Original languageEnglish (US)
Pages (from-to)141-147
Number of pages7
JournalInsulin
Volume1
Issue number4
DOIs
StatePublished - Oct 2006
Externally publishedYes

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Blood Glucose Self-Monitoring
Diabetes Mellitus
Blood Glucose
Insulin
Education
Glucose
Diabetes Complications
Medicare
Insurance
Hypoglycemia
MEDLINE
Hyperglycemia
Health Personnel
Life Style
Reading
Language
Therapeutics
Medicine
Costs and Cost Analysis
Food

Keywords

  • diabetes mellitus
  • education
  • insulin
  • self-monitoring of blood glucose

ASJC Scopus subject areas

  • Endocrinology, Diabetes and Metabolism
  • Family Practice
  • Public Health, Environmental and Occupational Health

Cite this

A practical look at self-monitoring of blood glucose. / Renda, Susan Malecki.

In: Insulin, Vol. 1, No. 4, 10.2006, p. 141-147.

Research output: Contribution to journalArticle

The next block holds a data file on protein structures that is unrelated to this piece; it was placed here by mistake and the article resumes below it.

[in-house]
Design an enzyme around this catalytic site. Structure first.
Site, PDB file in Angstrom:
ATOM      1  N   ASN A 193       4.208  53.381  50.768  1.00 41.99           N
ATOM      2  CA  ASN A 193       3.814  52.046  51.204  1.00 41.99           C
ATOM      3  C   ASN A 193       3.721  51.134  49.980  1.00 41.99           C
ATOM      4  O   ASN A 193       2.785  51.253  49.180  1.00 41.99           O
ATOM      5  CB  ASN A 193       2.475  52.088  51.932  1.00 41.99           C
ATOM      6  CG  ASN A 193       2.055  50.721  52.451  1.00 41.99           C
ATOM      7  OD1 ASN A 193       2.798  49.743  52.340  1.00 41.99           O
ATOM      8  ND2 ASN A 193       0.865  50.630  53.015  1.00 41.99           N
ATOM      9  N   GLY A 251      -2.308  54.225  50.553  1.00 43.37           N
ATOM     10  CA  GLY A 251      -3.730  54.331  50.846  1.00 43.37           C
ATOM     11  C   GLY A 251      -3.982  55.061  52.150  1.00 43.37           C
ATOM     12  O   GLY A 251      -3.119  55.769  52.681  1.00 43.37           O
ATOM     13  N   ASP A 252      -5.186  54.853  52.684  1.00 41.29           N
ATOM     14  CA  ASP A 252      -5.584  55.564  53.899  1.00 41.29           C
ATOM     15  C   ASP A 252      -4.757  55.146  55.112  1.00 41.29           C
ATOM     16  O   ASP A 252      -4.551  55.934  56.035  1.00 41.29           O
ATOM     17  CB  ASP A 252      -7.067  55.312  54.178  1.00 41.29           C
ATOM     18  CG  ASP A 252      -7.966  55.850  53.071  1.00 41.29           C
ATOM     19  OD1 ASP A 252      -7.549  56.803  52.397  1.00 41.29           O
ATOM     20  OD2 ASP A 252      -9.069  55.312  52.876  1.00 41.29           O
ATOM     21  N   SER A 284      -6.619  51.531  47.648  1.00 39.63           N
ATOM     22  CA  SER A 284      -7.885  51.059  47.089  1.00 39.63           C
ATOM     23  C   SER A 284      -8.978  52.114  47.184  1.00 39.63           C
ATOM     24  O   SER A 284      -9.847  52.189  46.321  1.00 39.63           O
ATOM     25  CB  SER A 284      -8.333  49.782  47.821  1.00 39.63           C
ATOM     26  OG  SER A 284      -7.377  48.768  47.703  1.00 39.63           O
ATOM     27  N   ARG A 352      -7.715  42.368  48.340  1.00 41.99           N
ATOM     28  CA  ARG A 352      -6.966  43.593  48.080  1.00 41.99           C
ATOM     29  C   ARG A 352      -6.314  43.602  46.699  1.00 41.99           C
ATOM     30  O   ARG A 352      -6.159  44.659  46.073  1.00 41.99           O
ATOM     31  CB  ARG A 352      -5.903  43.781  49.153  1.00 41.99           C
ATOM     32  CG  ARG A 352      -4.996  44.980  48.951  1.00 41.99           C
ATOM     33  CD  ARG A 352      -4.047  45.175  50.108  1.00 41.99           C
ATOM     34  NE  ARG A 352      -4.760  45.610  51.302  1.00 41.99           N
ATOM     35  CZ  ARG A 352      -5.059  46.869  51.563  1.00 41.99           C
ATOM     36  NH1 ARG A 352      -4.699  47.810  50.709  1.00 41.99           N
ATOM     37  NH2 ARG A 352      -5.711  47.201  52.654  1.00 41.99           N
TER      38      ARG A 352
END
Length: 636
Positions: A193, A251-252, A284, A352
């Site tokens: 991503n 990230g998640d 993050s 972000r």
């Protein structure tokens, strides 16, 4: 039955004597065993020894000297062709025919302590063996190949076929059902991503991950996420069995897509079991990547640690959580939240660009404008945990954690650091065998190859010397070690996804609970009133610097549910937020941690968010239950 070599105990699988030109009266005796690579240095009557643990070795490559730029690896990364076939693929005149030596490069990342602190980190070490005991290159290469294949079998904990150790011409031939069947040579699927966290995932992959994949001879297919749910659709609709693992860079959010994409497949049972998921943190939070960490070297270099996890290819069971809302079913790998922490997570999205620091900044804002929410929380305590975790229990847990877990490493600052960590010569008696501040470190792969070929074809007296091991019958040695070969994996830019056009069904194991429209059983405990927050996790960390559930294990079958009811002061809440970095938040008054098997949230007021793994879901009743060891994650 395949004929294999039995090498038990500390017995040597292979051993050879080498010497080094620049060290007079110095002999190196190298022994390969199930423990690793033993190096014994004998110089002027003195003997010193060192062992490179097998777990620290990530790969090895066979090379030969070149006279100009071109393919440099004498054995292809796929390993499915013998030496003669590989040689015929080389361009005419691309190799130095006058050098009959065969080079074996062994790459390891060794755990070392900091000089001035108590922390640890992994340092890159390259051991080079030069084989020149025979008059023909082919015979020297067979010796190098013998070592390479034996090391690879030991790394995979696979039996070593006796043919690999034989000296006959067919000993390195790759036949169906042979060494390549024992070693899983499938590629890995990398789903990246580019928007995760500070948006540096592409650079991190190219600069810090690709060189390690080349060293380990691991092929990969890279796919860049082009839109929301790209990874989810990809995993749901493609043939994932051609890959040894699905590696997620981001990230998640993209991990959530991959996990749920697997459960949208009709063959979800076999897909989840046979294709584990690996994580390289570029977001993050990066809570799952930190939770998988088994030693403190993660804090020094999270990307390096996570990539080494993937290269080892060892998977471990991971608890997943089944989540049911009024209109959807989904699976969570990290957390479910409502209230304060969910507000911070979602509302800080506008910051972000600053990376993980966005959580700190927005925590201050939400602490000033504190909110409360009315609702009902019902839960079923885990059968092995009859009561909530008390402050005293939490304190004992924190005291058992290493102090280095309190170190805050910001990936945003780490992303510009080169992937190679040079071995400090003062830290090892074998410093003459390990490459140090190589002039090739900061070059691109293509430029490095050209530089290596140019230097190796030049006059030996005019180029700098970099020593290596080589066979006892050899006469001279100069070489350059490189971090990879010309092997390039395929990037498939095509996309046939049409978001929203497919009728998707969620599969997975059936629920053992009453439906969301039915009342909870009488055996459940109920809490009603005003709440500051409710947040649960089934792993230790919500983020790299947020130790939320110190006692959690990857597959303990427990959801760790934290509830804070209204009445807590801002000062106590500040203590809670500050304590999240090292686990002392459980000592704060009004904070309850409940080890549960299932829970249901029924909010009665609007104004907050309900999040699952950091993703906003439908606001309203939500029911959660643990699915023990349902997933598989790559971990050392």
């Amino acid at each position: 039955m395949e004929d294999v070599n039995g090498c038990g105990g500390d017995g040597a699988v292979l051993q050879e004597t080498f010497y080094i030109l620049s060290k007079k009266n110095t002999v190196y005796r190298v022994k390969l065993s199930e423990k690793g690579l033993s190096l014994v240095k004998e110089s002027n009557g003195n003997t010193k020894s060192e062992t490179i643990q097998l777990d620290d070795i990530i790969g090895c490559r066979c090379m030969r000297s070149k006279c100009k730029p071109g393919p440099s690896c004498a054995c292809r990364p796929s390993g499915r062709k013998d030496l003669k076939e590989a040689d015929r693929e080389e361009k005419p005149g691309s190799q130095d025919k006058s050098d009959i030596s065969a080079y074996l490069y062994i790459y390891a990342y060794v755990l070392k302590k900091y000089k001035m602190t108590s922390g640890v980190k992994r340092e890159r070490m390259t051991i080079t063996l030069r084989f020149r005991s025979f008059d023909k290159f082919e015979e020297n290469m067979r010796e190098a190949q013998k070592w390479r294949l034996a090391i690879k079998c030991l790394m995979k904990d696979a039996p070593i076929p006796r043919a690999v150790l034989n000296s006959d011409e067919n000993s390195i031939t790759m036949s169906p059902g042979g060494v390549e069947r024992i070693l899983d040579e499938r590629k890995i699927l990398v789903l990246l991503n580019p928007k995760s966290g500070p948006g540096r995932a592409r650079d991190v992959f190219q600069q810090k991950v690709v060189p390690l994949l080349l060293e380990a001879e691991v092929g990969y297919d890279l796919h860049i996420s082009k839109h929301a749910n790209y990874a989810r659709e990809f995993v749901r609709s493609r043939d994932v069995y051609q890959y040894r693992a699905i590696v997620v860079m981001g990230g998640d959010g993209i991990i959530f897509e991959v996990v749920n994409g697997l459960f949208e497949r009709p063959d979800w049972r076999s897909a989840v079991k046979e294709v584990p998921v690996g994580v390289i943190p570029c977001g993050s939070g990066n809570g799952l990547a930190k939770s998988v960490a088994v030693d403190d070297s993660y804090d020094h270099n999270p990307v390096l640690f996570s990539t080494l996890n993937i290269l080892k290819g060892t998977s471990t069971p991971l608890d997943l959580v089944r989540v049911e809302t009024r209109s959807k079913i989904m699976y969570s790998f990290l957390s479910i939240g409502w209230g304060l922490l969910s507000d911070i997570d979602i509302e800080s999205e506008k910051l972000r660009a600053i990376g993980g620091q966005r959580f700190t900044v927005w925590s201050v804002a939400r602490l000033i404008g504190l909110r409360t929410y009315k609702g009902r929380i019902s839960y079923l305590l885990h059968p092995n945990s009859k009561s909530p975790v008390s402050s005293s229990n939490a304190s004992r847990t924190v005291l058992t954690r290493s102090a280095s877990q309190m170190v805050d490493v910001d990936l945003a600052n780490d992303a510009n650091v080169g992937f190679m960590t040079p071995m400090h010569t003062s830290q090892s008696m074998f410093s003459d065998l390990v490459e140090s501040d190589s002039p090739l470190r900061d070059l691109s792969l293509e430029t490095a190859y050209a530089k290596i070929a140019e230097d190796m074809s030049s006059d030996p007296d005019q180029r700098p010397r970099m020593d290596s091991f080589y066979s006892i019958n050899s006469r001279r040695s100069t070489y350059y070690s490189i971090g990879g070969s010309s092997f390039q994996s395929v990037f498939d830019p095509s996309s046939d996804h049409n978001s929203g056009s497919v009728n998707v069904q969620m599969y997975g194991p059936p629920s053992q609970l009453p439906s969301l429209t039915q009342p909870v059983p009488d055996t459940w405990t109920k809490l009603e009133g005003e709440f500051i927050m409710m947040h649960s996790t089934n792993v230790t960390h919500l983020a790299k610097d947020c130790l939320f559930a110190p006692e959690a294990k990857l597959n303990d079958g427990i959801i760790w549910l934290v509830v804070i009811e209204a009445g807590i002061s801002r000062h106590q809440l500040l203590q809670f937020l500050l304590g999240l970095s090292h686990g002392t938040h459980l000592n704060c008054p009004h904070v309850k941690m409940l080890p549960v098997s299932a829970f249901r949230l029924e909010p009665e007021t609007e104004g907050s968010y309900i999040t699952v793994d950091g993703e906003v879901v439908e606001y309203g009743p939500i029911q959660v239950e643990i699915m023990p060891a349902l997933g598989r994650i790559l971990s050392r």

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AB - Abstract. Background: Being able to check their own blood glucose levels can enable individuals with diabetes mellitus (DM) to better understand and manage their illness. Intensive glycemic control has been shown to reduce the long-term microvascular complications of DM. Objective: The goal of this article was to provide an overview of self-monitoring of blood glucose (SMBG) and its role in the management of DM. Methods: Relevant articles were identified through a literature search of MEDLINE from 2000 to 2006 (English-language articles only). Search terms included blood glucose, self-monitoring, and glucose monitoring. Materials also came from the author's own collection of journals and articles. Case studies are provided to illustrate some issues that arise in DM management. Results: For patients receiving multiple insulin injections, SMBG should be done ≥3 times per day. SMBG has been shown to be a useful tool in helping patients achieve their glycemic targets. Blood glucose may improve when a patient is on insulin, and SMBG guides the provider and patient in making changes to insulin therapy and dosing. Unfortunately, more thorough examination of SMBG in non-insulin-treated patients is needed to demonstrate its usefulness in this population. Cost can sometimes be a barrier to SMBG use, as insurance companies and Medicare may have specific restrictions on how often certain supplies can be purchased. In addition, glucose monitoring requires a particular level of literacy, dexterity, and judgment to conduct a proper test and interpret the results. Although the accuracy of the meters can vary, the following factors can help ascertain an exact reading: proper storage of the meter and strips; thorough instruction of the patient in the correct techniques for obtaining a blood sample; and the use of alternative site testing. Various patient groups (eg, children, the elderly, the visually impaired) may require different meters. Individualization of treatment and education is necessary for any patient with DM, and SMBG can be used to help make treatment decisions, such as amount of insulin to take; to identify hypoglycemia or hyperglycemia; to determine the effect of food, medicine, stress, or activity on blood glucose; to manage blood glucose during illness; and to recognize patterns in blood glucose trends. Conclusion: Although SMBG can be a valuable tool for individuals with DM, its true usefulness lies in what is done with the results. With education, people with DM can learn to make appropriate lifestyle choices and communicate more with their health care provider to achieve optimal glycemic control.